Check out this fun print! It’s called Shepherd Resting on Stilts and Knitting and is in the digital collection of the New York Public Library. Artist and date are unknown, but I did a little internet sleuthing, and I think (could be wrong of course -internet sleuthing isn’t always foolproof) that it’s from mid-19th century France. Shepherds in a region called Landes in the southwest would get around on stilts, the better to see their large flocks of sheep, and to move quickly over swampy land without getting wet.
I’ve been starting a bit of amateur research on the history of knitting. Before these days of running Yarn Birdy, and being a wife and a mom, I used to study European art and cultural history. That stuff is still really exciting to me. About this print, for example, I want to know, who created it, and for what purpose? Was the print meant as documentation for a book about the region, or as an image for tourists, highlighting this unique regional way of life? What about the relationship between gender and knitting in this time and place: did both men and women knit, or did women have other tasks? Was knitting held in high esteem in Landes or seen as a tedious job for the menial classes?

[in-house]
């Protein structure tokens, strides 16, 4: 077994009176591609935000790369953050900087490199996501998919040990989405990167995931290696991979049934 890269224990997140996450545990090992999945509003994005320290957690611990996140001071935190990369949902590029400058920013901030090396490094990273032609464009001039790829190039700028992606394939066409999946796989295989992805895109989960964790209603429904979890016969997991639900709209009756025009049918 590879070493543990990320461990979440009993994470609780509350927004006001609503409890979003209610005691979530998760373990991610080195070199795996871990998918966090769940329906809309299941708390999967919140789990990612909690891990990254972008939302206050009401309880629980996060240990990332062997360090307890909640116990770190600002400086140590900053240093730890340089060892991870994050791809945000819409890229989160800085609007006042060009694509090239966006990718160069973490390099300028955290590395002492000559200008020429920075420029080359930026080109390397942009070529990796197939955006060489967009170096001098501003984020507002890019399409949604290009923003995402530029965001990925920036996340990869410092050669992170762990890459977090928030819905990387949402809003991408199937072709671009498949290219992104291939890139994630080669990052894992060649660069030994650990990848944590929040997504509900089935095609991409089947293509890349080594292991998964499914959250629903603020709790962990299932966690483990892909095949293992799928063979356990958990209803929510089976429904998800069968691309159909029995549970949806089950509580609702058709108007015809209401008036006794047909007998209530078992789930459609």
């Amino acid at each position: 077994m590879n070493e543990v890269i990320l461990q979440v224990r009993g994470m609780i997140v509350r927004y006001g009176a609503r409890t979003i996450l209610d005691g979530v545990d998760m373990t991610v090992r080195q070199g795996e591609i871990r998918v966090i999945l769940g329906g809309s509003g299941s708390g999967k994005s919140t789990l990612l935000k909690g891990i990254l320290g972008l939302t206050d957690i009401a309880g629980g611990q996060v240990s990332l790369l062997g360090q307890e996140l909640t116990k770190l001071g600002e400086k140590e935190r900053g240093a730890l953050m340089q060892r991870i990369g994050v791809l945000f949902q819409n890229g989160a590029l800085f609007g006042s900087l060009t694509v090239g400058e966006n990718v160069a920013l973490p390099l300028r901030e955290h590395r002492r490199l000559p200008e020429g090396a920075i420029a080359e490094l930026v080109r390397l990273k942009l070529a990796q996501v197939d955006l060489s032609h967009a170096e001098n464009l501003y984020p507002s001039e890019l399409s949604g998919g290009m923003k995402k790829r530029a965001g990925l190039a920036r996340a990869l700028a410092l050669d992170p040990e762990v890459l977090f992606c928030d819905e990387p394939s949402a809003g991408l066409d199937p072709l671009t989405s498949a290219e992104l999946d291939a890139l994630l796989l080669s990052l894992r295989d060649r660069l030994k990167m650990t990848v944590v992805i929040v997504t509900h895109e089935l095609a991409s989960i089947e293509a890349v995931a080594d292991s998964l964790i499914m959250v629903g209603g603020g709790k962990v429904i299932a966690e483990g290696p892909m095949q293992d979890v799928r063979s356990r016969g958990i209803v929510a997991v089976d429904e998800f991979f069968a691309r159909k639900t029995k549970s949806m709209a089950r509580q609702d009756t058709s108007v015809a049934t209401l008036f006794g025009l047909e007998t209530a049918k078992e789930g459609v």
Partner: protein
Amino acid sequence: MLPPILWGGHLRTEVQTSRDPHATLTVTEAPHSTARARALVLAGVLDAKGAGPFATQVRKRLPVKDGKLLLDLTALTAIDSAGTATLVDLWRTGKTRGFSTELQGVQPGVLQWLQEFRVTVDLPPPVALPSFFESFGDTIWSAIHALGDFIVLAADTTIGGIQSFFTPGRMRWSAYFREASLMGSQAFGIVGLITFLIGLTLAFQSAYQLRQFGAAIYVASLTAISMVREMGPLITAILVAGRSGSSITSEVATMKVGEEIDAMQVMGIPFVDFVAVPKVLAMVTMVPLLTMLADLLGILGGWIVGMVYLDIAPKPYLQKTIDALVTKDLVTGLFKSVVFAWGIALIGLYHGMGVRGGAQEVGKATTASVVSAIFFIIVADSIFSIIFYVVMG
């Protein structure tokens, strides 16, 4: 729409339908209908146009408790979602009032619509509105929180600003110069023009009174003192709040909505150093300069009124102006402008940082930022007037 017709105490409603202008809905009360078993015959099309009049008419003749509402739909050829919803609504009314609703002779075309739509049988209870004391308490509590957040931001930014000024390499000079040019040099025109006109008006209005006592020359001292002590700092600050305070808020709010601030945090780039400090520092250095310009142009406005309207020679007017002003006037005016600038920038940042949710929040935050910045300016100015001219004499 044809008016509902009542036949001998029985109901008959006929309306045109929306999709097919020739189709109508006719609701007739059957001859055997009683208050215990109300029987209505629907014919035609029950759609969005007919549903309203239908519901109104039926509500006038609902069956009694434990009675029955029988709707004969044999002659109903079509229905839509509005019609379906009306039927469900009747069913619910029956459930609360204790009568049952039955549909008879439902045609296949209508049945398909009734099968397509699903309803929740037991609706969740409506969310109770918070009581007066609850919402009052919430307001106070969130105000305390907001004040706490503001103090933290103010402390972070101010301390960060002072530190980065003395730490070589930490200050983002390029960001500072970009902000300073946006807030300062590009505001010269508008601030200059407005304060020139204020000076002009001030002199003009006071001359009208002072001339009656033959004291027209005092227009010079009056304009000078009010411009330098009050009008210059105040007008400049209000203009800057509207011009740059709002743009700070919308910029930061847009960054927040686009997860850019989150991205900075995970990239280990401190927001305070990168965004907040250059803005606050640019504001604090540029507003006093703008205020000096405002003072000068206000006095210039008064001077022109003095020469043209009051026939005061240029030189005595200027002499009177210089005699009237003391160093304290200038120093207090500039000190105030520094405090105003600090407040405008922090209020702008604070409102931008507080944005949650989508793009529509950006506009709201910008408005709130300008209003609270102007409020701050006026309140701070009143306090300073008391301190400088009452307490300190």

I probably can’t answer these questions without access to a university library and archives. Sigh. Nonetheless, I’ve been digging around amazon.com, and I’ve found a couple books written on the the history of knitting which may give me a good start: Knitting Around the World: A Multistranded History of a Time-Honored Tradition by Lela Nargi and Knitting America: A Glorious Heritage from Warm Socks to High Art by Susan Strawn.
|Check it out, it’s me, only, a century and a half ago!
Johannes Albert Neuhuys Knitting Mother and her Child, 1878
Have you read any other books on knitting history that you could recommend to me?
P.S. Unrelated, but a sneak-peek at what I’ve been working on; more to come on Thursday: